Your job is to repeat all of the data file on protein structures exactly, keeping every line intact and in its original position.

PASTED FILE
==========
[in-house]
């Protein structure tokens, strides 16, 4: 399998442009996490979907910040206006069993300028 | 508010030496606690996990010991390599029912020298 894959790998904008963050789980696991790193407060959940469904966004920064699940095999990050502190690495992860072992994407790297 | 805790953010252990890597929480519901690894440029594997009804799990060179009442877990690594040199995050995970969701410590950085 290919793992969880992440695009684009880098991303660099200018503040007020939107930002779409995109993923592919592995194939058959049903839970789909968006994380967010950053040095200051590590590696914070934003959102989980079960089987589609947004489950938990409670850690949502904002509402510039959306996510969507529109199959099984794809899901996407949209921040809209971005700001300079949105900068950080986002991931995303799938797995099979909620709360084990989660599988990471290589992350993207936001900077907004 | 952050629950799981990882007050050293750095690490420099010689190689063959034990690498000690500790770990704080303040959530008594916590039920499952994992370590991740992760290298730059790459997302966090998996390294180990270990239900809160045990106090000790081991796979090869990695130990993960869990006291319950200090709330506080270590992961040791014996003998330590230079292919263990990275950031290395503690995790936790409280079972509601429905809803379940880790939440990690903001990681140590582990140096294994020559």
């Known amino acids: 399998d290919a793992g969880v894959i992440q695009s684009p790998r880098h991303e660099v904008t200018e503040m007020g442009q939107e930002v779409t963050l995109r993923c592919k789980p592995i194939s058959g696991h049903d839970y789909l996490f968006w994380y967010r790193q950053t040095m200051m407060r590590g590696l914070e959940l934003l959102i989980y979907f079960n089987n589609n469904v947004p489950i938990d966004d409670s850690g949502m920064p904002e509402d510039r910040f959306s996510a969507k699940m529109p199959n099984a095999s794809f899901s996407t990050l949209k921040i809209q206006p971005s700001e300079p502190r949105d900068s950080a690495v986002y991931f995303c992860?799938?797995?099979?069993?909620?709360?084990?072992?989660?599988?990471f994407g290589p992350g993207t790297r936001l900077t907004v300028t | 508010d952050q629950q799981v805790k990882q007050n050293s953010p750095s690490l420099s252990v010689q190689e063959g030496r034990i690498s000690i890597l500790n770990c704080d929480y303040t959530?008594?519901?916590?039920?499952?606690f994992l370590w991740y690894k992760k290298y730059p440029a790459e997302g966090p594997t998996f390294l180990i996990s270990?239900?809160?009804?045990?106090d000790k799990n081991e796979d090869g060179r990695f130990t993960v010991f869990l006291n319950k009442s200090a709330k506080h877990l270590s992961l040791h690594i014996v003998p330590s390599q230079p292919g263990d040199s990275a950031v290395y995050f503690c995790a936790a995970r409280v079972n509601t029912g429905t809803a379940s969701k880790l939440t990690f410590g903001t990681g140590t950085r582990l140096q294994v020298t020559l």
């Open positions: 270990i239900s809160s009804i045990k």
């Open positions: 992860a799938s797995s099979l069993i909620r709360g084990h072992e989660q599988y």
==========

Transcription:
[in-house]
């Protein structure tokens, strides 16, 4: 399998442009996490979907910040206006069993300028 | 508010030496606690996990010991390599029912020298 894959790998904008963050789980696991790193407060959940469904966004920064699940095999990050502190690495992860072992994407790297 | 805790953010252990890597929480519901690894440029594997009804799990060179009442877990690594040199995050995970969701410590950085 290919793992969880992440695009684009880098991303660099200018503040007020939107930002779409995109993923592919592995194939058959049903839970789909968006994380967010950053040095200051590590590696914070934003959102989980079960089987589609947004489950938990409670850690949502904002509402510039959306996510969507529109199959099984794809899901996407949209921040809209971005700001300079949105900068950080986002991931995303799938797995099979909620709360084990989660599988990471290589992350993207936001900077907004 | 952050629950799981990882007050050293750095690490420099010689190689063959034990690498000690500790770990704080303040959530008594916590039920499952994992370590991740992760290298730059790459997302966090998996390294180990270990239900809160045990106090000790081991796979090869990695130990993960869990006291319950200090709330506080270590992961040791014996003998330590230079292919263990990275950031290395503690995790936790409280079972509601429905809803379940880790939440990690903001990681140590582990140096294994020559």
């Known amino acids: 399998d290919a793992g969880v894959i992440q695009s684009p790998r880098h991303e660099v904008t200018e503040m007020g442009q939107e930002v779409t963050l995109r993923c592919k789980p592995i194939s058959g696991h049903d839970y789909l996490f968006w994380y967010r790193q950053t040095m200051m407060r590590g590696l914070e959940l934003l959102i989980y979907f079960n089987n589609n469904v947004p489950i938990d966004d409670s850690g949502m920064p904002e509402d510039r910040f959306s996510a969507k699940m529109p199959n099984a095999s794809f899901s996407t990050l949209k921040i809209q206006p971005s700001e300079p502190r949105d900068s950080a690495v986002y991931f995303c992860?799938?797995?099979?069993?909620?709360?084990?072992?989660?599988?990471f994407g290589p992350g993207t790297r936001l900077t907004v300028t | 508010d952050q629950q799981v805790k990882q007050n050293s953010p750095s690490l420099s252990v010689q190689e063959g030496r034990i690498s000690i890597l500790n770990c704080d929480y303040t959530?008594?519901?916590?039920?499952?606690f994992l370590w991740y690894k992760k290298y730059p440029a790459e997302g966090p594997t998996f390294l180990i996990s270990?239900?809160?009804?045990?106090d000790k799990n081991e796979d090869g060179r990695f130990t993960v010991f869990l006291n319950k009442s200090a709330k506080h877990l270590s992961l040791h690594i014996v003998p330590s390599q230079p292919g263990d040199s990275a950031v290395y995050f503690c995790a936790a995970r409280v079972n509601t029912g429905t809803a379940s969701k880790l939440t990690f410590g903001t990681g140590t950085r582990l140096q294994v020298t020559l």
């Open positions: 270990i239900s809160s009804i045990k």
């Open positions: 992860a799938s797995s099979l069993i909620r709360g084990h072992e989660q599988y």